VIPD officers are ticketing vehicles parked in the “Villa Rental Companies Only” parking spaces nearby which formerly were 30-minute public parking spaces — although there is a DPW sign posted on the parking spaces which are on V.I. Port Authority property — and no apparent legal authority to reserve parking spaces for private vehicles designated as belonging to Villa Rental Companies or allowance for individual rental property owners meeting guests.
CRUZ BAY — A St. John Realtor and vacation rental property owner and manager successfully fought the parking ticket issued her vehicle while parked in the Cruz Bay waterfront space marked “LOADING AND UNLOADING FOR LICENSED VILLA COMPANY— and established new Virgin Islands Territorial Court case law.
With Solomonic certainty, the appropriately serious Judge ruled that it took longer than one half hour for a representative of a LICENSED VILLA COMPANY to load or unload a vehicle when meeting arriving guests at the Loredon L. Boynes Sr. Dock.
Denise Obbagy, owner of Caribbean Palm Properties, LLC., a villa rentals and management company, with her husband John, who are both brokers with Tropical Properties in Cruz Bay, was found not guilty of parking in one of the two spaces between the signs.
Obbagy (“The ‘Y’ is silent.”) brought a few color prints of the signs and the waterfront to enter into evidence and use in her self-defense. The photographs clearly show that the signs do not say “No Parking” nor do they contain any reference to a parking time limit.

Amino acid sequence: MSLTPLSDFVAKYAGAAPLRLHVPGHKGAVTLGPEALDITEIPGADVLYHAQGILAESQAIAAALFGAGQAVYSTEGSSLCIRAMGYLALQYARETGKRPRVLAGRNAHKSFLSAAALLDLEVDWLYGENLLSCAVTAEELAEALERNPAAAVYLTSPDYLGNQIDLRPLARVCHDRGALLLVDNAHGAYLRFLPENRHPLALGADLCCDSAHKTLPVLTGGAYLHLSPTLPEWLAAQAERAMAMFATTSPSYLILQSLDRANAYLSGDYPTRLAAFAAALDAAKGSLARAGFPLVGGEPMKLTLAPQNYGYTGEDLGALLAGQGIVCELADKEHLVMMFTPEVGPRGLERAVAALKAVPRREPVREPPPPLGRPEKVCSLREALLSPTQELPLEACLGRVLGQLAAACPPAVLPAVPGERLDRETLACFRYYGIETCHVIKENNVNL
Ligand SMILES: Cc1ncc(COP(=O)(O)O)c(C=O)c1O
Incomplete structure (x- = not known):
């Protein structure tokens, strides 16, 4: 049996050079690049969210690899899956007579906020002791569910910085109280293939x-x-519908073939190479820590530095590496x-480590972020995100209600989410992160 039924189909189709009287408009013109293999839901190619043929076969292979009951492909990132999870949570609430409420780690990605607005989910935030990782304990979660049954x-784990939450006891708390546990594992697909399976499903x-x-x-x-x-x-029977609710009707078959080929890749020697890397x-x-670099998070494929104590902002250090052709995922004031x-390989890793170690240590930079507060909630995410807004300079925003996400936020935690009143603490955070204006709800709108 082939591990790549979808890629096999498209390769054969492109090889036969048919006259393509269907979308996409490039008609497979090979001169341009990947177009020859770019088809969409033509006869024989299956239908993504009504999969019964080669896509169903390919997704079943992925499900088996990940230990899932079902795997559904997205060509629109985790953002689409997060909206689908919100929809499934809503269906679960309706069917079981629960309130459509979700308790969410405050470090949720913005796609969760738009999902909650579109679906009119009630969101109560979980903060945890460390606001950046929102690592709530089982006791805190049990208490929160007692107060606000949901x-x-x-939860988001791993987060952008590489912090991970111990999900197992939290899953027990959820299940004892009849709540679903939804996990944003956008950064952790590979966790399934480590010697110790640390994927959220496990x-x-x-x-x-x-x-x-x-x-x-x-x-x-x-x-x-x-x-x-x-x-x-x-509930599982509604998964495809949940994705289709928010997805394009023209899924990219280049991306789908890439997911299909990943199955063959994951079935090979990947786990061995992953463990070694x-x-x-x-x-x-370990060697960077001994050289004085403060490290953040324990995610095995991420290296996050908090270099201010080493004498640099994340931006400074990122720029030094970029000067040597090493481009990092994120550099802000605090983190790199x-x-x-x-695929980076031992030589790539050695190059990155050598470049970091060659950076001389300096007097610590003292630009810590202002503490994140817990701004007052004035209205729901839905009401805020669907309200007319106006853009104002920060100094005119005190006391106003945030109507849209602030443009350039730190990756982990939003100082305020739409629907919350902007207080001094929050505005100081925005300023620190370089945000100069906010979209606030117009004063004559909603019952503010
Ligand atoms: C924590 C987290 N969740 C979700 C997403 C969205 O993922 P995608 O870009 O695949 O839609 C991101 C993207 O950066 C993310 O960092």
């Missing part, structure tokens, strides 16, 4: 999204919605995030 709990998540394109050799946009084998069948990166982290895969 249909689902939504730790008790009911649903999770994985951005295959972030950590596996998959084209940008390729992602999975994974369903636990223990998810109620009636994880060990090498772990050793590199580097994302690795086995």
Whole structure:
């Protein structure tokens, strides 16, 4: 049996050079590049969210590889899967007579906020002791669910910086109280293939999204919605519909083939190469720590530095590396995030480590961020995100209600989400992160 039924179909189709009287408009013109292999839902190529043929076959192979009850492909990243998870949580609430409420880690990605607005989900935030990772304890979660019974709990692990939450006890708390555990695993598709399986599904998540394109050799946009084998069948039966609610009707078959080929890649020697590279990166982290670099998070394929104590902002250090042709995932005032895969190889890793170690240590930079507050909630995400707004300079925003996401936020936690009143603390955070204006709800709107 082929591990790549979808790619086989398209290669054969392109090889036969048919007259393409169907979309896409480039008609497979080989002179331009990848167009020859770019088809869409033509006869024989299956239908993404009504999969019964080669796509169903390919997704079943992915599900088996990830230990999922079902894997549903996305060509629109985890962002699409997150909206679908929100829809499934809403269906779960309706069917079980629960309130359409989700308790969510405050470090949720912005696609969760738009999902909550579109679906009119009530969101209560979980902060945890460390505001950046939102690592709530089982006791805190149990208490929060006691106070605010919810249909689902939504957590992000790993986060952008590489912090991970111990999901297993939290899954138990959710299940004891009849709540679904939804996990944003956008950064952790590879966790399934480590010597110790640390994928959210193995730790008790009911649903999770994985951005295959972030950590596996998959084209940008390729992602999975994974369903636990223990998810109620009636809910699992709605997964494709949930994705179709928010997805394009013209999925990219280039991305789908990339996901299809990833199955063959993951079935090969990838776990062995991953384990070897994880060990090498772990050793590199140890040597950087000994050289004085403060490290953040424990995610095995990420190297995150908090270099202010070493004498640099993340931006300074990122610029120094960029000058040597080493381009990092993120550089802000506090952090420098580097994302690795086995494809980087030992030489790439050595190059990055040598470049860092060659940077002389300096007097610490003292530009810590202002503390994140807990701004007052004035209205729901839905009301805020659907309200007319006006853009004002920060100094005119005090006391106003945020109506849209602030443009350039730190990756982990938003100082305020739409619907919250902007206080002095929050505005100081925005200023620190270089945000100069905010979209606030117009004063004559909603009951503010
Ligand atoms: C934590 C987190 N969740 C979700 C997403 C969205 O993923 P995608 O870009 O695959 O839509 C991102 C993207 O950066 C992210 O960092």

General Public Nonplussed
When the two “VILLA” signs marked DPW (V.I. Department of Public Works) were erected in the jumble of beachfront parking signage on the V.I. Port Authority (VIPA)-controlled waterfront adjacent to the Boynes ferry dock, members of the general public were nonplussed.
It had not been easy for the Port Authority to wrest five parking spaces from the then all-powerful-and-now-defunct St. John Taxi Association for public, short term parking after the waterfront shuffling which surrounded the construction of the Boynes dock.
Villa representatives and island residents typically load and unload in the several short-term, public spaces at the Boynes dock and many arriving visitors walk to one of the nearby rental car companies to pick up a vehicle and return to load their luggage and entourage at the ferry dock before driving to their vacation rental.
The apparent loss of two of the five public spaces when designated for “LICENSED VILLA COMPANY” by nonsensical signs has been confusing for residents and law enforcement.
Actually Realtor and vacation rental property owner and manager Obbagy had several tickets for parking in the same spaces for the two vehicles owned by the couple, but the court clerk said only one had been “filed” by the officer or officers who had put the tickets on her vehicles. Obbagy was told by the clerk that the other tickets in her sheaf were void because the officer who wrote them had failed to turn them in to the court by the court date.
(Editor’s Note: The St. John Tradwinds reporter also had a parking ticket for parking in the “villa” space which was not filed by the officer at the time of the February 12 court date on the ticket and which automatically was voided by the court.)
The exclusive signage on the handy, much-in-demand and much-misused spaces has been a thorny subject for residents — unlike the nearby sign reserving a perpetual space for the now-defunct Maho Bay Shuttle at the gate to the Battery.
Actually, everyone on St. John knows it takes longer than a a half hour for a “Licensed Villa Company” to get loaded in Cruz Bay.
And, what about a parking space, or two, for the unlicensed villa companies and private residential accommodations from Cruz Bay to Coral Bay — where vacation rentals make up a substantial part of the estimated $59 million annual tourism tourism economy producing almost $6 million in gross receipts taxes to the V.I. government, according to a recently-released “independent” study drafted for the Coral Bay Community council by a member.